Took 3 years but like only a handful of other games, the wait was worth it: Two years after the game’s release in Japan it was FINALLY released in North America this past Tuesday. P5 was easily the most anticipated PS3 game ever and one of the most anticipated PS4 games yet. I have both a PS3 and a PS4 but I decided to go with the PS4 version of the game to take advantage of the MASSIVE storage on my PS4 (1TB). The Persona recruitment mechanics are a throwback to the P1 and the Shin Megami Tensei series: When you Knock Down a Persona (called Hold Up in P5) you can talk to them. If this is your first encounter with them you can ask them to join you. Another method is beating them within an inch of their lives to the point they beg for mercy.
In comparison to the previous 2 Persona games (P4 and P3) the core mechanics are the same from Social Links to a calendar system to the Velvet room. The clear distinction is the Prison theme the game has. Things are prettymuch the same otherwise. P5’s open world is also MASSIVE compared to P4 and P5: The game takes place in Tokyo so…yeah. I played the game through the first major dungeon before I decided to write this analysis of the game. My postgame review…I imagine will be months away (LOL).
The basic premise of the game’s story is this: A fateful decision made by the game’s protagonist got him in trouble with the law and he was sent away to spend a year of Probation in Tokyo. A single mistake could see him hauled off to jail. The funny thing is the opening 3 minutes of the game clearly takes place much later in the story. The protagonist, who is the leader of the Imfamous Phantom Thieves is nabbed by the cops and brought in for questioning after a job goes horribly wrong. After being roughed up and drugged by the fuzz, a local prosecutor–who happens to be the older sister of one of the protagonists–interviews you. The flow of the story is everything that happened from beginning which you play.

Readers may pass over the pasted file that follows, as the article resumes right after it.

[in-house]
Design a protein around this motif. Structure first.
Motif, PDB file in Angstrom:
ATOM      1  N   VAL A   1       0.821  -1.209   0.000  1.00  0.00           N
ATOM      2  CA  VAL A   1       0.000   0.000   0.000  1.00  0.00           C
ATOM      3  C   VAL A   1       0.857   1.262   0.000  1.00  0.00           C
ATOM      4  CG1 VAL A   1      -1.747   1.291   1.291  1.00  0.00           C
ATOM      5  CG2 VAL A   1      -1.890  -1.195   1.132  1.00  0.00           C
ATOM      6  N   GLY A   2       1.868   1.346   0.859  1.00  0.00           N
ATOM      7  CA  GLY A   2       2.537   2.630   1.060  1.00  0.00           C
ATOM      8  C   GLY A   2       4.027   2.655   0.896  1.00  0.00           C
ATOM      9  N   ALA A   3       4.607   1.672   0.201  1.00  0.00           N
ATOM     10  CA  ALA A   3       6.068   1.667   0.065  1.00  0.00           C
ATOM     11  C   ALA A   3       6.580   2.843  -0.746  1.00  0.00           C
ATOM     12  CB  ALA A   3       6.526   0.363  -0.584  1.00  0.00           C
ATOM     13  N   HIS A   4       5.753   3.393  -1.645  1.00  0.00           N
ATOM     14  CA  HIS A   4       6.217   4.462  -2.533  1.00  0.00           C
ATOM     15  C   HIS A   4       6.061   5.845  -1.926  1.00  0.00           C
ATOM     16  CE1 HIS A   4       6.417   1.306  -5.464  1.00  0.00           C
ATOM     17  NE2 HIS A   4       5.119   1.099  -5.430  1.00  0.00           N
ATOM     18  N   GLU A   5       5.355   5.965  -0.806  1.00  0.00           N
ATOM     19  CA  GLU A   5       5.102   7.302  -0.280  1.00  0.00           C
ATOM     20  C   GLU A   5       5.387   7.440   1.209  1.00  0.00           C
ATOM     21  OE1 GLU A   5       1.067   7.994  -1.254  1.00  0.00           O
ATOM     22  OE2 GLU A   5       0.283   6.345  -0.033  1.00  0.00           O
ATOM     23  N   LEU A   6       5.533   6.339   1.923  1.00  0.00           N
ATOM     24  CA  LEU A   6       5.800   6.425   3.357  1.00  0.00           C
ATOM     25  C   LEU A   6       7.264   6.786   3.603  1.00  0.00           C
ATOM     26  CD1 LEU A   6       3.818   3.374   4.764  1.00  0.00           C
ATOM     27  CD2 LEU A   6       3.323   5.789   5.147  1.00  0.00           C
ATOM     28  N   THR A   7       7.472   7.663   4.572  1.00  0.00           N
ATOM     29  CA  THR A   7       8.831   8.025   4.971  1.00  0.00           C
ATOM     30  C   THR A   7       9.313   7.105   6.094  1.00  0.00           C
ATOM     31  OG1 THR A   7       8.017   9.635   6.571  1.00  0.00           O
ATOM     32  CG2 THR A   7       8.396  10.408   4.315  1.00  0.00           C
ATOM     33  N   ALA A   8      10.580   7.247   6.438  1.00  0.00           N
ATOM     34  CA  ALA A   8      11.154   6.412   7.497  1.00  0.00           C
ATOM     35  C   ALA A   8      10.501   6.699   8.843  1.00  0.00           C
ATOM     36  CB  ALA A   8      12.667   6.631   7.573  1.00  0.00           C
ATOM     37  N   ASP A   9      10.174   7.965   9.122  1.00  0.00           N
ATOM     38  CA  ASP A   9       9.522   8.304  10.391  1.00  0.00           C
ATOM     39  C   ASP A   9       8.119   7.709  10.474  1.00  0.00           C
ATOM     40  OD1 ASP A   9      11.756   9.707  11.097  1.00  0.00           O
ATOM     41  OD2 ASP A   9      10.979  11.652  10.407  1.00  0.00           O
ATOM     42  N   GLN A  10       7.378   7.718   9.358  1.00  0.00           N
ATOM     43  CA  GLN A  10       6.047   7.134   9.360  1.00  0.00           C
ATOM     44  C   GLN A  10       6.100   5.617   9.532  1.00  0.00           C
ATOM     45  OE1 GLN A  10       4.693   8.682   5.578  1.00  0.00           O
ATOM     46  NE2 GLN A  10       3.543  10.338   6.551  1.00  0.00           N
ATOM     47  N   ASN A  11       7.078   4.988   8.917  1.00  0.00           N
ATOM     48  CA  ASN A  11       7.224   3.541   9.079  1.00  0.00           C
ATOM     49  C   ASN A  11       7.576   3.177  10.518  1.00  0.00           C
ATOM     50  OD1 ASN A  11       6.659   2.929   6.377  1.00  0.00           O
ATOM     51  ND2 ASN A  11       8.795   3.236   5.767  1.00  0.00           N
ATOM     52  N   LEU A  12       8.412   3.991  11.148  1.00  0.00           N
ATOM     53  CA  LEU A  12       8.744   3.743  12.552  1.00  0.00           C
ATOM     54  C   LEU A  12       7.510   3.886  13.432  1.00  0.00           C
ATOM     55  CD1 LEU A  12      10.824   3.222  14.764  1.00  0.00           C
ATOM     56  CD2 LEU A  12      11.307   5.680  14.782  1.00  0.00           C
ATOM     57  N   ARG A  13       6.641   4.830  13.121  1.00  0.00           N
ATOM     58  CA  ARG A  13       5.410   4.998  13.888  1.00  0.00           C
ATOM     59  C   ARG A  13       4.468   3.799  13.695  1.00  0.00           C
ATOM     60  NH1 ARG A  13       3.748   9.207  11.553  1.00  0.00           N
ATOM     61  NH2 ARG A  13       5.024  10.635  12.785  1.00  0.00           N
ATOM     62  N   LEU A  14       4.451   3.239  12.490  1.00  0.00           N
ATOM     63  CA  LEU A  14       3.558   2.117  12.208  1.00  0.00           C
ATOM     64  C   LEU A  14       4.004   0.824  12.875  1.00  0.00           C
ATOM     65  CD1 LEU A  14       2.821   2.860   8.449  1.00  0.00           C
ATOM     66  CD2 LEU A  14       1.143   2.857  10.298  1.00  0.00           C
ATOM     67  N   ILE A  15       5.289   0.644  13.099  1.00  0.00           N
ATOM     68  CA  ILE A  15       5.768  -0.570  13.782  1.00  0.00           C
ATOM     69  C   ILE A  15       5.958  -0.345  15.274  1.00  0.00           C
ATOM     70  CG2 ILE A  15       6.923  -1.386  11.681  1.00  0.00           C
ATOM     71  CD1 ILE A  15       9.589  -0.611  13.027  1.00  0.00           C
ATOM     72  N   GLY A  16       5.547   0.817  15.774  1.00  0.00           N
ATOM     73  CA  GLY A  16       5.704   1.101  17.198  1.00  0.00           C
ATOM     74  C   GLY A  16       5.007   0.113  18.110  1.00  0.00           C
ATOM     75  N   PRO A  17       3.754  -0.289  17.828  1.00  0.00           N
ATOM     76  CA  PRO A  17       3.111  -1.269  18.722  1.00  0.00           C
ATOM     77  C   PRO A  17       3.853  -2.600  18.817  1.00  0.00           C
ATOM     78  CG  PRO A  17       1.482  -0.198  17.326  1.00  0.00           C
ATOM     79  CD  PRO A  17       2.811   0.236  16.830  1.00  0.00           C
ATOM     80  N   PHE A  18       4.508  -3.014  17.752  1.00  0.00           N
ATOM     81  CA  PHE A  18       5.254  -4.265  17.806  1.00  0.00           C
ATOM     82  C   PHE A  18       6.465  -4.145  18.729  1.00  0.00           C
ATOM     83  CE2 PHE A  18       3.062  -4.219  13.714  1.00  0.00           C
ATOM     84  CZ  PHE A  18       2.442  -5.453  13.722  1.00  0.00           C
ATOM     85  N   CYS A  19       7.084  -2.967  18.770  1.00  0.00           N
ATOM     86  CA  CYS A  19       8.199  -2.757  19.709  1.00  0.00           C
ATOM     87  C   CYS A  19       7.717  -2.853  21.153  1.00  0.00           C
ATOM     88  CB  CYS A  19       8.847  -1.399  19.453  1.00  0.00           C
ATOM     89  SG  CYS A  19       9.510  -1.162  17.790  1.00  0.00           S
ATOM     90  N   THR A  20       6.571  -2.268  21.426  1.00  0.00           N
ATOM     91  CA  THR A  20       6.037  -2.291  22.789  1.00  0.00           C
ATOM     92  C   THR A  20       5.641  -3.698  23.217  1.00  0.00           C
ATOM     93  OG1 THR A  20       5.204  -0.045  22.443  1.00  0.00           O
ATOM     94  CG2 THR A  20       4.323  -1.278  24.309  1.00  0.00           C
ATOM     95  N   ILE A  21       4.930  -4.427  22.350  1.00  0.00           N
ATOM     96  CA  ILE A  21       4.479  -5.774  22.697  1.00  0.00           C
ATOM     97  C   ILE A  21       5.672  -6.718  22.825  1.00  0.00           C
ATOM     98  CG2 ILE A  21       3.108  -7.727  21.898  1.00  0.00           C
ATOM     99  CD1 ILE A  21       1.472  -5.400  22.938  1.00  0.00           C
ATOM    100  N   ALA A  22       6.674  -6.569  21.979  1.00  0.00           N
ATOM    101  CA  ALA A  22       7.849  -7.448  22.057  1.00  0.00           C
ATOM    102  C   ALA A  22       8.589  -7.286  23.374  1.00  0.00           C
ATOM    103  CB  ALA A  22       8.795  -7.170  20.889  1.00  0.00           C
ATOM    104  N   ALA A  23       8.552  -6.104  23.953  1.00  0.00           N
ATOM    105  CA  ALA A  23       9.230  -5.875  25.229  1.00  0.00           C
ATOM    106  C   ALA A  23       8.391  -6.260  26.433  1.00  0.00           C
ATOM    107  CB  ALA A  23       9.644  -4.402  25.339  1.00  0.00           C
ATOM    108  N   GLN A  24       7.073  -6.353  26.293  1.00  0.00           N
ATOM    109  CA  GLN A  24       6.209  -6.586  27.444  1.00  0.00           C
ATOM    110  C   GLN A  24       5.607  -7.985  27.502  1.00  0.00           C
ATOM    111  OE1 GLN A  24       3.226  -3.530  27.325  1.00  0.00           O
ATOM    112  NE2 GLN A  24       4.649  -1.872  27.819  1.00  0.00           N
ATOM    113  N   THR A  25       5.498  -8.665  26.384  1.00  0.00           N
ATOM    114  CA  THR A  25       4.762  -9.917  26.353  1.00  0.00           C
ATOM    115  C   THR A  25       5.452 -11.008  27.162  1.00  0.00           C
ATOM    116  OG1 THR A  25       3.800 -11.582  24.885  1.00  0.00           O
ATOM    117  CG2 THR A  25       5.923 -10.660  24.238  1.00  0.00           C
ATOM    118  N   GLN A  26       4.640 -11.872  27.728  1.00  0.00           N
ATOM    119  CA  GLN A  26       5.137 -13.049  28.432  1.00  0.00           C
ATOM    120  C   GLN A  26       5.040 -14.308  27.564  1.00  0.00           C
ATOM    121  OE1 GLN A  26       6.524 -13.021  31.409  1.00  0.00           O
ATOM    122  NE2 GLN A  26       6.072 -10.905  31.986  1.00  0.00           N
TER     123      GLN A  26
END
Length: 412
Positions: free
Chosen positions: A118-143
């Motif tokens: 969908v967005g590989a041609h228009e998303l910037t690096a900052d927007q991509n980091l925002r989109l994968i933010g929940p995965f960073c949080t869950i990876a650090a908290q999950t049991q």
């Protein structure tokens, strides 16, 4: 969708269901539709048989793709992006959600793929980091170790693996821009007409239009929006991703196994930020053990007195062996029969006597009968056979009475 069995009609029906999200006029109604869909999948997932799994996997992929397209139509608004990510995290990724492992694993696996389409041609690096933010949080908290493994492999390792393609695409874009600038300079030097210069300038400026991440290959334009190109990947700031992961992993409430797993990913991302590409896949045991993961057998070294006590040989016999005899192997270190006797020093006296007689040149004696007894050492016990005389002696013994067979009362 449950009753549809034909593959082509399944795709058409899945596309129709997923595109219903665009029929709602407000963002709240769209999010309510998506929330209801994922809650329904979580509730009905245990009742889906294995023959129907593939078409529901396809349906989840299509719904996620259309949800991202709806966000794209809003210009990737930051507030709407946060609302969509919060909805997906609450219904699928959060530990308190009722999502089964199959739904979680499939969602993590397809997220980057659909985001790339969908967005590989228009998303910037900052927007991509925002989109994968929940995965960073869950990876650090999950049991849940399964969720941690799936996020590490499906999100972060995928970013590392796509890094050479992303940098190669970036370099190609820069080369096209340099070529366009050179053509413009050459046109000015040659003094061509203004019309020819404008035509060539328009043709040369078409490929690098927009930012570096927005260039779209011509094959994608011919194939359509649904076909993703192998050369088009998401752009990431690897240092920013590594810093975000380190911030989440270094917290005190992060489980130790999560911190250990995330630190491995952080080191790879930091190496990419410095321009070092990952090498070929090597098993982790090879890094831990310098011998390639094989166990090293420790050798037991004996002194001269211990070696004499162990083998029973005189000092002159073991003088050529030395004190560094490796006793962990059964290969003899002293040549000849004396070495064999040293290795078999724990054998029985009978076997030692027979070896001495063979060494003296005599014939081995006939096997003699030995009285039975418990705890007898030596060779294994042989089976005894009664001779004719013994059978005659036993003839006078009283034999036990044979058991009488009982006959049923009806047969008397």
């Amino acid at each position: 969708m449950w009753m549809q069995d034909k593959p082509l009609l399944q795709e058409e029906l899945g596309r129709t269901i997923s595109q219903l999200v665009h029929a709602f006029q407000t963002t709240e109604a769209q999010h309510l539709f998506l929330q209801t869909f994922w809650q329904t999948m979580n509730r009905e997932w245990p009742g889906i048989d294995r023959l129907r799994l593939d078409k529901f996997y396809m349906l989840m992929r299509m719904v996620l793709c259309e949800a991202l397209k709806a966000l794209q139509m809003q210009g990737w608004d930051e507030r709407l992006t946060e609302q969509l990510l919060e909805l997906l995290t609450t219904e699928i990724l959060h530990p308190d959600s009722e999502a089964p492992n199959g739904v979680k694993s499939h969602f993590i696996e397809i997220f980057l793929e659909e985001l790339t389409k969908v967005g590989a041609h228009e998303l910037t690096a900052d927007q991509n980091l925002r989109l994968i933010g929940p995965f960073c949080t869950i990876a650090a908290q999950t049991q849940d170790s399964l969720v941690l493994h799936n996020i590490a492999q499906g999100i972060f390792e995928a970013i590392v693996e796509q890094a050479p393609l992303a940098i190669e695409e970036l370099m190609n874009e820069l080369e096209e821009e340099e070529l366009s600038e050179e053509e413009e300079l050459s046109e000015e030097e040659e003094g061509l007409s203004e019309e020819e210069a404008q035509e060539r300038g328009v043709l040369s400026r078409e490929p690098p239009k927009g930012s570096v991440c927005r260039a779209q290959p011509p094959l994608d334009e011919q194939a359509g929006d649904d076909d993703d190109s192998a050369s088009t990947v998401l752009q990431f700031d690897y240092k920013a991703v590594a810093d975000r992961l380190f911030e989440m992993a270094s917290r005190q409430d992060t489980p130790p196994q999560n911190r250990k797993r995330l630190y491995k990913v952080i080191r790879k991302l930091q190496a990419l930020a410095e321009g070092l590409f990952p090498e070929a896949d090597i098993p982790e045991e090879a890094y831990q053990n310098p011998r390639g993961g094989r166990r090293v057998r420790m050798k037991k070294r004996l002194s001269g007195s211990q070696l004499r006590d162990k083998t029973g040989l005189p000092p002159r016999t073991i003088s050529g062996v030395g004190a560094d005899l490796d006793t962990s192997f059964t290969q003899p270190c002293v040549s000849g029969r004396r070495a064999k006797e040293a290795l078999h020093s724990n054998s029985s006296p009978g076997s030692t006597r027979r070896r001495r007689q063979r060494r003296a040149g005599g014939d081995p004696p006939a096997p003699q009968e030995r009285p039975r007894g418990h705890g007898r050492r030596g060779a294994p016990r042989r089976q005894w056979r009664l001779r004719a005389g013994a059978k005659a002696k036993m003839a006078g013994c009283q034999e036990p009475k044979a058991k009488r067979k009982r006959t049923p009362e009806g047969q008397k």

Like I said before, I cleared the first major dungeon. That gave me a pretty good idea of a few things. The theme of the game is Emancipation. and Rebelling against unfair punishment and restorative justice. Along the way you encounter others with similar problems who will join or aid you on your quest to purge society of corruption. The interesting thing is the overt references to corruption and abuse of power are far more relevant today than they would have been 3 years ago. The game getting delayed twice is just a massive coincidence on that note. LOL.
My first playthrough…I can see it taking me two or three months to finish. I take it slow but as I noted with my previous blog I have 12 other PS4 games I got around the same time. So, yeah. I expect it will be some time before I see the end of the game. Of course, there IS also the remote possability P5 will get a Vita release. A guy can dream!
One last thing before I forget: You do not need to be familiar with the Persona series to play P5. It will help to have at least played P4 or P3 but is NOT required to play P5. I will say that if you are not a fan of traditional RPG mechanics in general you probably won’t like P5.